In the Shadow of the Battleship
Written by Sarah K. Inman
Sunday, 11 March 2007 21:42
Four fighter jets bring noise, a giant whooshing sound, to the crisp spring sky. Two helicopters chug past in the opposite direction. In a rigid hull inflatable, seamen from the Coast Guard bounce on waters surrounding the USS New Orleans, guns at the ready.
On Saturday, March 10, people come to recognize the commissioning ceremony of the LPD 18 model vessel, which, according to the literature being distributed, is “a technological marvel” with “superb living conditions for the crew…” With six landing spots, two cannons “for surface threat defense,” the ship can hold 66 officers and 654 enlisted persons.
Stretching 105 feet upwards and 684 feet across, the vessel is hard to miss. For the past week, the USS New Orleans has sat on the river alongside Woldenberg Park. Soldiers carrying M-16s face outward, guarding the ship, and tours are given to those willing to check their cell phones and pass through metal detectors.
It’s worth noting, too, that the vessel survived Katrina, having been moored on the Mississippi in 2005. Commander Brad Skillman marvels at “the pride and resiliency of the Northup Grumman workforce, who returned from the hurricane and worked hard to finish the ship even though their homes may have been destroyed.”
Three other vessels in America’s history have been named New Orleans, the first used during the Spanish-American War and World War I before being decommissioned and sold for scrap metal. Commissioned in 1934, the second USS New Orleans “served valiantly” at Pearl Harbor, and for this she was awarded 17 Battle Stars. The last USS New Orleans was deemed “highly effective” during both the Vietnam and Cold Wars and led the tactic of minesweeping the Persian Gulf during Operation Desert Storm.
On one side of a barricade, the commissioning ceremony takes place. “Man the Ship and Bring Her to Life” is among today’s activities. Friendly seamen work the borders, distributing literature about the LPD 18. After a nineteen-gun salute, the colors are retired and a band strikes up “Stars and Stripes Forever.”
In the shadow of the battleship on the open end of the lawn, a man named Richard recites prayers. He has a system to it. “May peace be everywhere in the country of Mongolia. May peace prevail on Earth. May peace be everywhere in the country of Monrovia. May peace prevail on Earth...” White haired, slim, and wearing a floppy hat, Richard carries a book that lists places to pray for. The list is segmented by continent, country, certain cities, eastern countries, indigenous peoples, living creatures, and earth and the environment. It’s important to pray for peace for everyone and everything. One must express gratitude towards nature too. “Fighting doesn’t have to be a forceful thing, in my opinion,” Richard says. Then he adds, “War is obsolete.” According to Richard, different ways of using force exist. One is war. Another involves accessing love and using the heart of humanity.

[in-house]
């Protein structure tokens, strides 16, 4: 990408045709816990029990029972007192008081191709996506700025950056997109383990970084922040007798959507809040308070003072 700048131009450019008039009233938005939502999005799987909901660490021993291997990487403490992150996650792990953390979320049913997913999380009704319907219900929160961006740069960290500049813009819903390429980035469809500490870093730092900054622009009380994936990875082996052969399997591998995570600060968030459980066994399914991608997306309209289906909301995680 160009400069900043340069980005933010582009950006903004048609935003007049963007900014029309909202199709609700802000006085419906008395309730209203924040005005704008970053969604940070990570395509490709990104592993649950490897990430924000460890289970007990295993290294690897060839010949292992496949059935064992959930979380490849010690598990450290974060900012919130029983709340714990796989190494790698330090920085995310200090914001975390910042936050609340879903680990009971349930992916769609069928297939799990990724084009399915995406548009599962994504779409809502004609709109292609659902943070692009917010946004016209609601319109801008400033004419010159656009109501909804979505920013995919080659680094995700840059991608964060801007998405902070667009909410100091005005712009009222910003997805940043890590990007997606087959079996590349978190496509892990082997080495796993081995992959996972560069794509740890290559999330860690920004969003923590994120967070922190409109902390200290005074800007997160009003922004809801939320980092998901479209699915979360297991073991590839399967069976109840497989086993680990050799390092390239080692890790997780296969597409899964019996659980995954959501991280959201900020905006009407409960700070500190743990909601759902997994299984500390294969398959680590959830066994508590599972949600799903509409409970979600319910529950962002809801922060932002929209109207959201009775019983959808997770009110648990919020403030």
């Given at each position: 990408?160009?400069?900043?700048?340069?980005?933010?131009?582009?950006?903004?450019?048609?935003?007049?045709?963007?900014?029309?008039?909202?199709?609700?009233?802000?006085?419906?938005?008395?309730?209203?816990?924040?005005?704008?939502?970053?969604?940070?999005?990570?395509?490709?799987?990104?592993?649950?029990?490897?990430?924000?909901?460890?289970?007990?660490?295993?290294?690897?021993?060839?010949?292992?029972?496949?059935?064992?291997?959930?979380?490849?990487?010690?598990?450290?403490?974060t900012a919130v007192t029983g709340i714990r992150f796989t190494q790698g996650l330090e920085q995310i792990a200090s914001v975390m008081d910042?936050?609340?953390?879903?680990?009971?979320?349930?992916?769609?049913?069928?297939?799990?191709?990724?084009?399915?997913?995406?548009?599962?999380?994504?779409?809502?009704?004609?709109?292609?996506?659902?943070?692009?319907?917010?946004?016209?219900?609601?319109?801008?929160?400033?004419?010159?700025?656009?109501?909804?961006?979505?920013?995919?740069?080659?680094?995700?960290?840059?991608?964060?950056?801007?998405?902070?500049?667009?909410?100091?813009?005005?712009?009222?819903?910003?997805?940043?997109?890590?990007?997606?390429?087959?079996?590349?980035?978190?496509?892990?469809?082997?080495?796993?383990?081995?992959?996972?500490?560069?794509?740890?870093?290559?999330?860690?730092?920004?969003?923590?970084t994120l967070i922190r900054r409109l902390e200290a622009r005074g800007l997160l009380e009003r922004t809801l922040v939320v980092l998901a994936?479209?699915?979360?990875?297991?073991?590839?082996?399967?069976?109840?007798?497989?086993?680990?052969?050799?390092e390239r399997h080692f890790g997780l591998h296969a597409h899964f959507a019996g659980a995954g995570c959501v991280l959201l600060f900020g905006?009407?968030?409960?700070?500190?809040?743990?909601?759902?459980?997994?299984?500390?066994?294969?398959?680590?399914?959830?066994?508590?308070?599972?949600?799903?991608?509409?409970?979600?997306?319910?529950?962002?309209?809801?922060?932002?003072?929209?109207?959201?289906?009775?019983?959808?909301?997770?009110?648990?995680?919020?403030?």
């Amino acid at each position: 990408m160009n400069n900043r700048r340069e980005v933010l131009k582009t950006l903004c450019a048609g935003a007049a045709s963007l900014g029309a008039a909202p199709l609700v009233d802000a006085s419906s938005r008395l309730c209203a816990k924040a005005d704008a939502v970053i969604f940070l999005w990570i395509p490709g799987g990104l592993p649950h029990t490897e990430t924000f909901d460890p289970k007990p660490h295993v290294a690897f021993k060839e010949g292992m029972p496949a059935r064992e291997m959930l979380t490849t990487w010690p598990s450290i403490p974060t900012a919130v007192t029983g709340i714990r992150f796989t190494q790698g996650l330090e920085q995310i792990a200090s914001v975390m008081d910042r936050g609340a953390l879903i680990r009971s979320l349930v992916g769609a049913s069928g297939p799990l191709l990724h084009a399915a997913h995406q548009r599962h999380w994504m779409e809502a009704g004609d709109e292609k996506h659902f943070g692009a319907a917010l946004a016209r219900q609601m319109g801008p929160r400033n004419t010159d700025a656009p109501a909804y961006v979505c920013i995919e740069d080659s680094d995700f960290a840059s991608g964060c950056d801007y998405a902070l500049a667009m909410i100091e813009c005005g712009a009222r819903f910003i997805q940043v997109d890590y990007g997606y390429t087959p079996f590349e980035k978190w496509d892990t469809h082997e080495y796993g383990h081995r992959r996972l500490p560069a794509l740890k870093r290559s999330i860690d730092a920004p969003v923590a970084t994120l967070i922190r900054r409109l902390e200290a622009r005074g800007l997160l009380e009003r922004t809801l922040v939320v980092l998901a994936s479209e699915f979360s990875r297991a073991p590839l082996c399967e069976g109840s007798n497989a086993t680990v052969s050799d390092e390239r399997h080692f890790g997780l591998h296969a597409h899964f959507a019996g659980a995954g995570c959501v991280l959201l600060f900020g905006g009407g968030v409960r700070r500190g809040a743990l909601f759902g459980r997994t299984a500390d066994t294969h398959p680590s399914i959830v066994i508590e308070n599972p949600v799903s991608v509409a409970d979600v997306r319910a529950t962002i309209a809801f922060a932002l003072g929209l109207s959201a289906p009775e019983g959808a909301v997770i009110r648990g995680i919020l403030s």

A small section of people gather around a banner that reads, “How ‘bout 1.3 billion dollars for the real New Orleans?” They’ve come from other parts of the city, mostly downriver, to picnic and protest war. Dressed in turquoise pants, Christopher, the organizer of the movement, walks about, chatting amicably with folks. Billy, sporting an impish mustache, cites the cost of the USS New Orleans as an argument against it. “We know how 1.3 billion dollars could actually reinvigorate the community.” The vessel, he claims, is not representative of New Orleans. In fact, it’s as if “they just stamped the sign New Orleans on the ship.” A man wearing a t-shirt that reads “pussy power” over the image of yellow tabby kittens echoes Billy’s sentiment and wonders about the return of Jean Lafitte, given the piratical nature of history.
Following the path along the park, a dark haired woman dressed in yellow linen calls out to a lady soldier armed with an M-16. “We love y’all. Thank you so much.”
Richard continues. “May peace be everywhere in the country of Mozambique. May peace prevail on Earth. May peace be everywhere in the city of New Orleans…”
Seaman Kerns asserts, “It’s a great spring day, a great day for New Orleans.” The ship was built in Avondale and soon will cruise to San Diego where it will be stationed. “We’re bringing the ship to life,” Kerns says, “a testament to the people who live here or those who want to come back.”
Kitt, a five-year-old German sheperd, stands guard near the Aquarium, as do Les, Caesar, and Rick, who barks at a child when the kid’s parents jokingly request discipline.
A few yards away, near the Algiers Ferry Landing, one gray cat, the color of the celebrated vessel, braves the noise. She pokes out from under the sago palms and takes the food offered to her. She’s one among many who lies in wait for the ship to sail.
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